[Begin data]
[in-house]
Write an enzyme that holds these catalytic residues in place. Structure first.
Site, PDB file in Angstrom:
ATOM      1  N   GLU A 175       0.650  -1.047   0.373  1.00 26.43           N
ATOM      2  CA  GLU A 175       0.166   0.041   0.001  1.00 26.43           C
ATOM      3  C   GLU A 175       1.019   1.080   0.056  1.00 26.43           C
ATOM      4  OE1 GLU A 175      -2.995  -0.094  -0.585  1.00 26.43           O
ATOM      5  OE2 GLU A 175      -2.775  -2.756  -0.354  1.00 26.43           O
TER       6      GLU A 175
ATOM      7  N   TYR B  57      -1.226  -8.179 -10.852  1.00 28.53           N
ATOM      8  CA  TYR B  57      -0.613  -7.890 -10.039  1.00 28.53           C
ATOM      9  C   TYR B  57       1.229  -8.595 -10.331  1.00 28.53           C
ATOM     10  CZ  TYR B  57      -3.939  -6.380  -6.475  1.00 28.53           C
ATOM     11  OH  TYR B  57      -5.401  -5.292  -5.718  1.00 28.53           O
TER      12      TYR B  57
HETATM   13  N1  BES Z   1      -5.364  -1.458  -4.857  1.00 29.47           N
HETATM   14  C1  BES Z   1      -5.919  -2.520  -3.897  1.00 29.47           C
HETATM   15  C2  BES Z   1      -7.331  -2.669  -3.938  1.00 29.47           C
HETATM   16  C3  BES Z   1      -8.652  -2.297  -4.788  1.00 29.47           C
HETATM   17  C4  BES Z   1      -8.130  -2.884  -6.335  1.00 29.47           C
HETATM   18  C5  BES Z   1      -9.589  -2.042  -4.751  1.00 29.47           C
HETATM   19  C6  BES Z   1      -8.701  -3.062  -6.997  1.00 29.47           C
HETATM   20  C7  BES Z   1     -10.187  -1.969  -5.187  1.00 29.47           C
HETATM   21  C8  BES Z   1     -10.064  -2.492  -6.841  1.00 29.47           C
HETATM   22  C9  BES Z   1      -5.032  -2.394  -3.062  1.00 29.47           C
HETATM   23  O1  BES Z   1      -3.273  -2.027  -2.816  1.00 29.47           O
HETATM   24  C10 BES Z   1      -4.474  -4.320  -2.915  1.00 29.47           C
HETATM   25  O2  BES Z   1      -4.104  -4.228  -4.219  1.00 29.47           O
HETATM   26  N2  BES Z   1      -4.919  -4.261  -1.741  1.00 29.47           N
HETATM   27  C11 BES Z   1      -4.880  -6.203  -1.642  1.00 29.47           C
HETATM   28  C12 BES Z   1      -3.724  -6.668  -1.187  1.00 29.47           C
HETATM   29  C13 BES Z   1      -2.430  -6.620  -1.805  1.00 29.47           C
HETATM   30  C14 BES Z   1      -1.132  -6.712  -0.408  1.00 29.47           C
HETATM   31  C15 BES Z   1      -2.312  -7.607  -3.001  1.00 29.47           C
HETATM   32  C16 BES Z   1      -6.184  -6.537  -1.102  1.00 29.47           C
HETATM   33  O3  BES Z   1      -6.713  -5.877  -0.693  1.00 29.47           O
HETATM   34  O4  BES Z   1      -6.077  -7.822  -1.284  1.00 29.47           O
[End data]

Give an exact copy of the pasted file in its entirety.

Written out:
[in-house]
Write an enzyme that holds these catalytic residues in place. Structure first.
Site, PDB file in Angstrom:
ATOM      1  N   GLU A 175       0.650  -1.047   0.373  1.00 26.43           N
ATOM      2  CA  GLU A 175       0.166   0.041   0.001  1.00 26.43           C
ATOM      3  C   GLU A 175       1.019   1.080   0.056  1.00 26.43           C
ATOM      4  OE1 GLU A 175      -2.995  -0.094  -0.585  1.00 26.43           O
ATOM      5  OE2 GLU A 175      -2.775  -2.756  -0.354  1.00 26.43           O
TER       6      GLU A 175
ATOM      7  N   TYR B  57      -1.226  -8.179 -10.852  1.00 28.53           N
ATOM      8  CA  TYR B  57      -0.613  -7.890 -10.039  1.00 28.53           C
ATOM      9  C   TYR B  57       1.229  -8.595 -10.331  1.00 28.53           C
ATOM     10  CZ  TYR B  57      -3.939  -6.380  -6.475  1.00 28.53           C
ATOM     11  OH  TYR B  57      -5.401  -5.292  -5.718  1.00 28.53           O
TER      12      TYR B  57
HETATM   13  N1  BES Z   1      -5.364  -1.458  -4.857  1.00 29.47           N
HETATM   14  C1  BES Z   1      -5.919  -2.520  -3.897  1.00 29.47           C
HETATM   15  C2  BES Z   1      -7.331  -2.669  -3.938  1.00 29.47           C
HETATM   16  C3  BES Z   1      -8.652  -2.297  -4.788  1.00 29.47           C
HETATM   17  C4  BES Z   1      -8.130  -2.884  -6.335  1.00 29.47           C
HETATM   18  C5  BES Z   1      -9.589  -2.042  -4.751  1.00 29.47           C
HETATM   19  C6  BES Z   1      -8.701  -3.062  -6.997  1.00 29.47           C
HETATM   20  C7  BES Z   1     -10.187  -1.969  -5.187  1.00 29.47           C
HETATM   21  C8  BES Z   1     -10.064  -2.492  -6.841  1.00 29.47           C
HETATM   22  C9  BES Z   1      -5.032  -2.394  -3.062  1.00 29.47           C
HETATM   23  O1  BES Z   1      -3.273  -2.027  -2.816  1.00 29.47           O
HETATM   24  C10 BES Z   1      -4.474  -4.320  -2.915  1.00 29.47           C
HETATM   25  O2  BES Z   1      -4.104  -4.228  -4.219  1.00 29.47           O
HETATM   26  N2  BES Z   1      -4.919  -4.261  -1.741  1.00 29.47           N
HETATM   27  C11 BES Z   1      -4.880  -6.203  -1.642  1.00 29.47           C
HETATM   28  C12 BES Z   1      -3.724  -6.668  -1.187  1.00 29.47           C
HETATM   29  C13 BES Z   1      -2.430  -6.620  -1.805  1.00 29.47           C
HETATM   30  C14 BES Z   1      -1.132  -6.712  -0.408  1.00 29.47           C
HETATM   31  C15 BES Z   1      -2.312  -7.607  -3.001  1.00 29.47           C
HETATM   32  C16 BES Z   1      -6.184  -6.537  -1.102  1.00 29.47           C
HETATM   33  O3  BES Z   1      -6.713  -5.877  -0.693  1.00 29.47           O
HETATM   34  O4  BES Z   1      -6.077  -7.822  -1.284  1.00 29.47           O